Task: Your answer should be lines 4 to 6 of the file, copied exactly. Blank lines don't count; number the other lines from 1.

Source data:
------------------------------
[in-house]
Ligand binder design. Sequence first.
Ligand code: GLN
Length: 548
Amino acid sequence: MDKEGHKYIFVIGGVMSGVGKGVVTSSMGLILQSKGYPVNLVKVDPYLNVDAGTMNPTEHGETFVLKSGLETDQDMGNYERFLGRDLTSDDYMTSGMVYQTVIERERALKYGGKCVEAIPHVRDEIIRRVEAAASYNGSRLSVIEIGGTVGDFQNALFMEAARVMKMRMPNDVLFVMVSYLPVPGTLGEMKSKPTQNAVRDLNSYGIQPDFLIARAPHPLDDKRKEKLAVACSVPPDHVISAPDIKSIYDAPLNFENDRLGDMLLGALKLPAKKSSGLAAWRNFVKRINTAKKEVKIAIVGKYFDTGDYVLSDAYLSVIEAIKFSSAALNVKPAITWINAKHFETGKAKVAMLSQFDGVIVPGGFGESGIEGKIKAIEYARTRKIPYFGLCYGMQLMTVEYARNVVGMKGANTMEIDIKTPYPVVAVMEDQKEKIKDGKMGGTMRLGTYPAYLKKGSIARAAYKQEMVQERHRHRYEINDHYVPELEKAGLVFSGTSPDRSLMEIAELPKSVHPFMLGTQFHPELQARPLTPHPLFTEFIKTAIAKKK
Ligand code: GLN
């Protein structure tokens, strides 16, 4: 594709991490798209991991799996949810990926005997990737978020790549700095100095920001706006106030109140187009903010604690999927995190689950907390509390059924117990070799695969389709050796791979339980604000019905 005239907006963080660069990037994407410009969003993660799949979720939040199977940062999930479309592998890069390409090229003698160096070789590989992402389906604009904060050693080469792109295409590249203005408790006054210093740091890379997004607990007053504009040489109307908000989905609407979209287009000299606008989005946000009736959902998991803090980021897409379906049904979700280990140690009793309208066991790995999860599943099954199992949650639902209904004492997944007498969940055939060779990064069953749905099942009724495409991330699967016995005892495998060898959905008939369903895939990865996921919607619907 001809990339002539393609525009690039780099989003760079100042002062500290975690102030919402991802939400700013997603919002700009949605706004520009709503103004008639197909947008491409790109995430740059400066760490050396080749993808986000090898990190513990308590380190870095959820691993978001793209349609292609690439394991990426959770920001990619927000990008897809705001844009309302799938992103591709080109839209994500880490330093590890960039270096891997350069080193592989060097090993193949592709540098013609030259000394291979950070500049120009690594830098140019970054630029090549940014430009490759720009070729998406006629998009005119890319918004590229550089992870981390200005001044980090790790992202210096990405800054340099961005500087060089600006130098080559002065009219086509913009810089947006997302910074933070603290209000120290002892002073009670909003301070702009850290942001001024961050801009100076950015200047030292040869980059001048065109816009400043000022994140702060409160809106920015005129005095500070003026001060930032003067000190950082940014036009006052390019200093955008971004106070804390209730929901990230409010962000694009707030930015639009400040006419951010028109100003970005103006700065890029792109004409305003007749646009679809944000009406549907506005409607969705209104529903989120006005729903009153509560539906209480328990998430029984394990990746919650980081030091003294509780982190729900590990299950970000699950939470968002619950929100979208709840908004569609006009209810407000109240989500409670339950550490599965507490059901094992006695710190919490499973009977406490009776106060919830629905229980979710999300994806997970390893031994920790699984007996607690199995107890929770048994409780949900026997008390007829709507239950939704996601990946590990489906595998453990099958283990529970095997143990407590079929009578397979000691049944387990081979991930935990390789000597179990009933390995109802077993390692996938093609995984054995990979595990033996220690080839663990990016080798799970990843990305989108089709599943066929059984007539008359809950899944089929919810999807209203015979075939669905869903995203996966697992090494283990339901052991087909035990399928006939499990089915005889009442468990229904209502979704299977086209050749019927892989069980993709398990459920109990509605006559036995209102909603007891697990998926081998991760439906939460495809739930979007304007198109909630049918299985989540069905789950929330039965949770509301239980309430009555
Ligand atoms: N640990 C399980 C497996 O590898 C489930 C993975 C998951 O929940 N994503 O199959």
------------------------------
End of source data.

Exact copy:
Length: 548
Amino acid sequence: MDKEGHKYIFVIGGVMSGVGKGVVTSSMGLILQSKGYPVNLVKVDPYLNVDAGTMNPTEHGETFVLKSGLETDQDMGNYERFLGRDLTSDDYMTSGMVYQTVIERERALKYGGKCVEAIPHVRDEIIRRVEAAASYNGSRLSVIEIGGTVGDFQNALFMEAARVMKMRMPNDVLFVMVSYLPVPGTLGEMKSKPTQNAVRDLNSYGIQPDFLIARAPHPLDDKRKEKLAVACSVPPDHVISAPDIKSIYDAPLNFENDRLGDMLLGALKLPAKKSSGLAAWRNFVKRINTAKKEVKIAIVGKYFDTGDYVLSDAYLSVIEAIKFSSAALNVKPAITWINAKHFETGKAKVAMLSQFDGVIVPGGFGESGIEGKIKAIEYARTRKIPYFGLCYGMQLMTVEYARNVVGMKGANTMEIDIKTPYPVVAVMEDQKEKIKDGKMGGTMRLGTYPAYLKKGSIARAAYKQEMVQERHRHRYEINDHYVPELEKAGLVFSGTSPDRSLMEIAELPKSVHPFMLGTQFHPELQARPLTPHPLFTEFIKTAIAKKK
Ligand code: GLN